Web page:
When they were approaching Jerusalem, at Bethphage and Bethany, near the Mount of Olives, he sent two of his disciples 2and said to them, ‘Go into the village ahead of you, and immediately as you enter it, you will find tied there a colt that has never been ridden; untie it and bring it. 3If anyone says to you, “Why are you doing this?” just say this, “The Lord needs it and will send it back here immediately.” ’ 4They went away and found a colt tied near a door, outside in the street. As they were untying it, 5some of the bystanders said to them, ‘What are you doing, untying the colt?’ 6They told them what Jesus had said; and they allowed them to take it. 7Then they brought the colt to Jesus and threw their cloaks on it; and he sat on it. 8Many people spread their cloaks on the road, and others spread leafy branches that they had cut in the fields. 9Then those who went ahead and those who followed were shouting,
Blessed is the one who comes in the name of the Lord!
10 Blessed is the coming kingdom of our ancestor David!
Hosanna in the highest heaven!’
11 Then he entered Jerusalem and went into the temple; and when he had looked around at everything, as it was already late, he went out to Bethany with the twelve.
Translation: When they were drawing near into Jerusalem, into Bethphage and Bethany, by the Mount of Olives, he sent two of his disciples, and said to them, "Go into the village, the one before you, and immediately as you enter into it, you will find a colt tied there, upon which no human being has sat. Release it and bring it. And if anyone says to you, 'Why are you doing this?' say 'The Lord needs to have it' and immediately he will send it back here.'"
And they went and found a colt tied to a door outside on the street, and they were releasing it. Some of the ones standing there said to them, "What are you doing, releasing the colt?" But they said to them according to what Jesus had said, and they let them go.
And they brought the colt to Jesus and they threw their cloaks on it, and he sat on it. And many people spread their cloaks into the road, but others cut off leafy branches out of the fields. The ones leading forth and the ones following cried out, 'Hosanna! Blessed (is) the one coming in the name of the Lord! Blessed (is) the coming kingdom of our father David! Hosanna in the highest!' And he entered into Jerusalem and into the Temple and he looked around at all. Late already is the hour, he went out into Bethany with the twelve.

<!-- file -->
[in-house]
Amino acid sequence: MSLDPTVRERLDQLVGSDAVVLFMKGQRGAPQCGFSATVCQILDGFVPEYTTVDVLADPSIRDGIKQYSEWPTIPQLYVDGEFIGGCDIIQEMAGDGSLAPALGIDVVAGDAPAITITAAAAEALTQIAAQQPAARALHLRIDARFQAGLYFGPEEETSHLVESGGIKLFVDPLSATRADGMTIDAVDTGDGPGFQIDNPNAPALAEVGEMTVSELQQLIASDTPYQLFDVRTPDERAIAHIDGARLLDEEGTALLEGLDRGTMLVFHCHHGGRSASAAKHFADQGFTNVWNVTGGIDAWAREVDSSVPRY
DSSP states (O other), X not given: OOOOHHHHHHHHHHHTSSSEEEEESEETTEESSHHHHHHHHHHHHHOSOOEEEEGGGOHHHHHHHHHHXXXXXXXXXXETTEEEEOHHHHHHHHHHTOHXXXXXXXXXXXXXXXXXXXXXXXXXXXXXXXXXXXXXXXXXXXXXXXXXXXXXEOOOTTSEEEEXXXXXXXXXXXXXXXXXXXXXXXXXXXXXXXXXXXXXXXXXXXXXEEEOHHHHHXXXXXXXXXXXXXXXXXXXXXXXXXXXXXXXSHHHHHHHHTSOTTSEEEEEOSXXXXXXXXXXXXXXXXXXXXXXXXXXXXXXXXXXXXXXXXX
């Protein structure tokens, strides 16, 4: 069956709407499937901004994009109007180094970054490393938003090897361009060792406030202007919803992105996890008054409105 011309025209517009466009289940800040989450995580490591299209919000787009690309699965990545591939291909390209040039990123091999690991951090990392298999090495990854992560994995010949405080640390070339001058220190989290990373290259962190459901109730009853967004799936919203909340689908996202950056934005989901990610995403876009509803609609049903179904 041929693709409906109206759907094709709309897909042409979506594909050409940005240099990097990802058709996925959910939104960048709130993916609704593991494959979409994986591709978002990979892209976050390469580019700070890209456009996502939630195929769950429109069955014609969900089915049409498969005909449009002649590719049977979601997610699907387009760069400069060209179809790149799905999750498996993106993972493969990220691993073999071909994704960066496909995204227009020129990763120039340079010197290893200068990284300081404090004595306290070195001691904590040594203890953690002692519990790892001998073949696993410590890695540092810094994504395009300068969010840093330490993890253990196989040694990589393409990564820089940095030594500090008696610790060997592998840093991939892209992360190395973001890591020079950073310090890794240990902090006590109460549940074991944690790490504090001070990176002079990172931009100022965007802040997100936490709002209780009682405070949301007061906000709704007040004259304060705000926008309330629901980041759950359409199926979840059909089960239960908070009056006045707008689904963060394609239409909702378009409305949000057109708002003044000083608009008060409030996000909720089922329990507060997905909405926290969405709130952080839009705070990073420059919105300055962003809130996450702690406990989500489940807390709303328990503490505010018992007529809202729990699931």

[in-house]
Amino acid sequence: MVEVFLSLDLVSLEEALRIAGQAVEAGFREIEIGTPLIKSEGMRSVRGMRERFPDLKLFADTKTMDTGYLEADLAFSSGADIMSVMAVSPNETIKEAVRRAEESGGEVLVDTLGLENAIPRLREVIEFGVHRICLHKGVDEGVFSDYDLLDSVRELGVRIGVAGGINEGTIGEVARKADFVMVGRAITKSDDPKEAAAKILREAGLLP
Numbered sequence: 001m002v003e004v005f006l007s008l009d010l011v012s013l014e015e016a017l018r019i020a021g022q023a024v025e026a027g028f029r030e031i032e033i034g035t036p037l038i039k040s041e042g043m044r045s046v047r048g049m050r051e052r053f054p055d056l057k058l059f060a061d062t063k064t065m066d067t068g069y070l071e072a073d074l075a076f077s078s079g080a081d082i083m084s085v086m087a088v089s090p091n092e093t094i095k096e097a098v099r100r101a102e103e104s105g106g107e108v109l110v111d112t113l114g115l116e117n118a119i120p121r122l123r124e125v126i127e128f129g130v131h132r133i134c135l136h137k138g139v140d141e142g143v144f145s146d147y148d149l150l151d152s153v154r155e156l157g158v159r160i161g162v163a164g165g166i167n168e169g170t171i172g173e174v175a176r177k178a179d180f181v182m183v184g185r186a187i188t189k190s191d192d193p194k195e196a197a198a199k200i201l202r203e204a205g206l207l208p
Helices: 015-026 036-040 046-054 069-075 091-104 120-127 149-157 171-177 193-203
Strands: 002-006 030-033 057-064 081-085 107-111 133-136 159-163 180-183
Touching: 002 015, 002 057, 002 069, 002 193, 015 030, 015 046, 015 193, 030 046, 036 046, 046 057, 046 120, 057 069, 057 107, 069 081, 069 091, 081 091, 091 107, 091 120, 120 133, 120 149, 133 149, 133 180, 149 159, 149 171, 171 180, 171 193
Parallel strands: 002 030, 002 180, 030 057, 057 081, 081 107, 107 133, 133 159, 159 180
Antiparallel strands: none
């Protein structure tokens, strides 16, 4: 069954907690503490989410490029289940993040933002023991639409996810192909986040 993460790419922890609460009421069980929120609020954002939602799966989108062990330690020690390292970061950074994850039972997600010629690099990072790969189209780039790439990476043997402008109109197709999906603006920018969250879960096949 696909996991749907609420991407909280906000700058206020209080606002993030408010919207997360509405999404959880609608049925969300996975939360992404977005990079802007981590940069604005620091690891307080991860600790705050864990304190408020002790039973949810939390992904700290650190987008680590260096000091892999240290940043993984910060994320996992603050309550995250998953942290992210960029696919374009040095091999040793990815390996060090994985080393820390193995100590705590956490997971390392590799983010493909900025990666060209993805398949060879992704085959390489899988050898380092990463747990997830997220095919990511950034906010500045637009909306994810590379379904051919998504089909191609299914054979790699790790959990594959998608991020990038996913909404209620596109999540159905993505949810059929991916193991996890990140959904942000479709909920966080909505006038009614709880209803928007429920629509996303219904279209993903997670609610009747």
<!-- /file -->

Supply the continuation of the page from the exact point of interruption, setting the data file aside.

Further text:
Background and situation: As Marcus Borg and J.D. Crossan point out, Jesus was approaching Jerusalem from the east. Bethany and Bethphage are just to the east of Jerusalem. The Mount of Olives is just east of the Temple. The reason this is significant is because there were two processions into Jerusalem during the time of passover. One--the Roman army--came from the west. The other--those with Jesus--came from the east.
The Roman army was coming to maintain order during passover, a time when the population of Jerusalem would swell from around 50,000 to well over 200,000. Moreover, passover was a celebration of liberation from Pharoah in Egypt, and Rome was uneasy about its anti-imperial content and associations.
The Romans were headquartered at Caesarea Maritima, a city to the west of Jerusalem, built by Herod to honor Caesar and provide a state-of-the-art harbor for the region. (Herod built monuments to Caesar at every opportunity.). The harbor featured the use of new engineering techniques, such as a formula for concrete that would harden under water.
The harbor's purpose was two-fold: (1) provide a harbor for the swift transport of troops to the east in the event of war with Parthia, and (2), more efficient export of agricultural products from the region.
The procession of the Roman army would have been an imposing sight--Legionnaires on horseback, Roman standards flying, the Roman eagle prominently displayed, the clank of armor and beating of drums. The procession was designed to be a display of Roman imperial power. Message? All hail Glorious Rome! Resistance is futile!